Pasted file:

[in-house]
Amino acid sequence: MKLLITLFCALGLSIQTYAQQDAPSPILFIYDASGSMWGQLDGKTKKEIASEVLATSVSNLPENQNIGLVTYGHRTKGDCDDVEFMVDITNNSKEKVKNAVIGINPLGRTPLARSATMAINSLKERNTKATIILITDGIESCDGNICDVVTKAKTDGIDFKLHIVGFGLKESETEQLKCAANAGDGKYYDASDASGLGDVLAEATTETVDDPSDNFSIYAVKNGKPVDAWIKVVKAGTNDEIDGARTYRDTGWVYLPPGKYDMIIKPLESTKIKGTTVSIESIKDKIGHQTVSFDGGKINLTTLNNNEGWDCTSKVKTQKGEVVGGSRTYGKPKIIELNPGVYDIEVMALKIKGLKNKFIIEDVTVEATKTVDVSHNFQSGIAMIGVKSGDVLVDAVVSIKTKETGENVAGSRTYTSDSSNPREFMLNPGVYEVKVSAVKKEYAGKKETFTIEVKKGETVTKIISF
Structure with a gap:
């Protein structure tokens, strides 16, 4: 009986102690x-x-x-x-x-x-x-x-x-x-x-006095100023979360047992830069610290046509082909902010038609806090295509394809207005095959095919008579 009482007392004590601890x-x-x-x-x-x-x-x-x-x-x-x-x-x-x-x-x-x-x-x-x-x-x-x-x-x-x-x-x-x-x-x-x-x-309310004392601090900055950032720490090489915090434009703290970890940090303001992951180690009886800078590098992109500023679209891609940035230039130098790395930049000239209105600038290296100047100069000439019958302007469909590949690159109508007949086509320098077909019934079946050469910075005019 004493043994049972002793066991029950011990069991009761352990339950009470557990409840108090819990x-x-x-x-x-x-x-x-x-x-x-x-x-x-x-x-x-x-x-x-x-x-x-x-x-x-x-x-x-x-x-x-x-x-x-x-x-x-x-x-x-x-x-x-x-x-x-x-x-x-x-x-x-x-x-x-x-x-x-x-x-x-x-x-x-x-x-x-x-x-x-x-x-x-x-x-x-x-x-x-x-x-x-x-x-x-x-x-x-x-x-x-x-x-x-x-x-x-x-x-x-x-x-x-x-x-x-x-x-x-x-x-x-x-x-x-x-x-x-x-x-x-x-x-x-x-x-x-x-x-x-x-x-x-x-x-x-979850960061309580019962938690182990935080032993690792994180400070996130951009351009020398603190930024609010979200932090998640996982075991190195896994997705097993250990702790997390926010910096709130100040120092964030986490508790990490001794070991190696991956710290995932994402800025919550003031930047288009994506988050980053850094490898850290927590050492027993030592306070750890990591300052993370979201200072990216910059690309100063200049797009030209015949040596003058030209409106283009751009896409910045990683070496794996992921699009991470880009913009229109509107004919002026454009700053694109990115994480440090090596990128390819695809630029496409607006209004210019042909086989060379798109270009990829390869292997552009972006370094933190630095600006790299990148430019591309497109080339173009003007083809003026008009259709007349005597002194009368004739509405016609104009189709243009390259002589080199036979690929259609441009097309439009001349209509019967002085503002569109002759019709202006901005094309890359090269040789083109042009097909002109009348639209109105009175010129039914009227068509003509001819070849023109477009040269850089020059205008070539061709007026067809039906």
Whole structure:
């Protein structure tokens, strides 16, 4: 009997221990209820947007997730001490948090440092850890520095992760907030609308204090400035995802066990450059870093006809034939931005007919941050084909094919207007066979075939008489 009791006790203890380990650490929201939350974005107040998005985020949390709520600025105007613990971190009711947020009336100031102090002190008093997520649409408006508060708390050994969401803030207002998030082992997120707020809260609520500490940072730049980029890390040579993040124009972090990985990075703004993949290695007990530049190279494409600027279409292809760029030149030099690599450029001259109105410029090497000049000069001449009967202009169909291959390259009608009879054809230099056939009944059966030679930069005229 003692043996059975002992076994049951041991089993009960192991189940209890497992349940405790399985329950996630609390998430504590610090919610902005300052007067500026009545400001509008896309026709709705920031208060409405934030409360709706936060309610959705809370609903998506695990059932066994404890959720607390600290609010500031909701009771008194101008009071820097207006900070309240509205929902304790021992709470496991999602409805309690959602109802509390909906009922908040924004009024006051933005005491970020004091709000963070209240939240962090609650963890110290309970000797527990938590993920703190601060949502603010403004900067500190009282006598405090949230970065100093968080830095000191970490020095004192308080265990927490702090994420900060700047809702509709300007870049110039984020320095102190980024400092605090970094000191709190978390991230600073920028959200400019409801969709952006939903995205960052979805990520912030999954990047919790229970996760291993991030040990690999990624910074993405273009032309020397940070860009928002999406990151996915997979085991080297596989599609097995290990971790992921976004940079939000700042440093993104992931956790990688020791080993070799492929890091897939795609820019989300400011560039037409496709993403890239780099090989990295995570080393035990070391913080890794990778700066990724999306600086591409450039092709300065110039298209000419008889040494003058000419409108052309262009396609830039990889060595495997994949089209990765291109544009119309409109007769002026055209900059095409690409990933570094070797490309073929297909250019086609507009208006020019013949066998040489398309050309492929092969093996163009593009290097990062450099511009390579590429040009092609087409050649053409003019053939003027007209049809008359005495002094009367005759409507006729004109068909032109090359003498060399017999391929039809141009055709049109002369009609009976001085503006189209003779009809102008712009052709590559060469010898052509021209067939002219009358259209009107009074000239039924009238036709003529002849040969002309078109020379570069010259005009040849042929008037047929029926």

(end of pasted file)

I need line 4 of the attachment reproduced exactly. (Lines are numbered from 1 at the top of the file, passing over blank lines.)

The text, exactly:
């Protein structure tokens, strides 16, 4: 009986102690x-x-x-x-x-x-x-x-x-x-x-006095100023979360047992830069610290046509082909902010038609806090295509394809207005095959095919008579 009482007392004590601890x-x-x-x-x-x-x-x-x-x-x-x-x-x-x-x-x-x-x-x-x-x-x-x-x-x-x-x-x-x-x-x-x-x-309310004392601090900055950032720490090489915090434009703290970890940090303001992951180690009886800078590098992109500023679209891609940035230039130098790395930049000239209105600038290296100047100069000439019958302007469909590949690159109508007949086509320098077909019934079946050469910075005019 004493043994049972002793066991029950011990069991009761352990339950009470557990409840108090819990x-x-x-x-x-x-x-x-x-x-x-x-x-x-x-x-x-x-x-x-x-x-x-x-x-x-x-x-x-x-x-x-x-x-x-x-x-x-x-x-x-x-x-x-x-x-x-x-x-x-x-x-x-x-x-x-x-x-x-x-x-x-x-x-x-x-x-x-x-x-x-x-x-x-x-x-x-x-x-x-x-x-x-x-x-x-x-x-x-x-x-x-x-x-x-x-x-x-x-x-x-x-x-x-x-x-x-x-x-x-x-x-x-x-x-x-x-x-x-x-x-x-x-x-x-x-x-x-x-x-x-x-x-x-x-x-x-979850960061309580019962938690182990935080032993690792994180400070996130951009351009020398603190930024609010979200932090998640996982075991190195896994997705097993250990702790997390926010910096709130100040120092964030986490508790990490001794070991190696991956710290995932994402800025919550003031930047288009994506988050980053850094490898850290927590050492027993030592306070750890990591300052993370979201200072990216910059690309100063200049797009030209015949040596003058030209409106283009751009896409910045990683070496794996992921699009991470880009913009229109509107004919002026454009700053694109990115994480440090090596990128390819695809630029496409607006209004210019042909086989060379798109270009990829390869292997552009972006370094933190630095600006790299990148430019591309497109080339173009003007083809003026008009259709007349005597002194009368004739509405016609104009189709243009390259002589080199036979690929259609441009097309439009001349209509019967002085503002569109002759019709202006901005094309890359090269040789083109042009097909002109009348639209109105009175010129039914009227068509003509001819070849023109477009040269850089020059205008070539061709007026067809039906």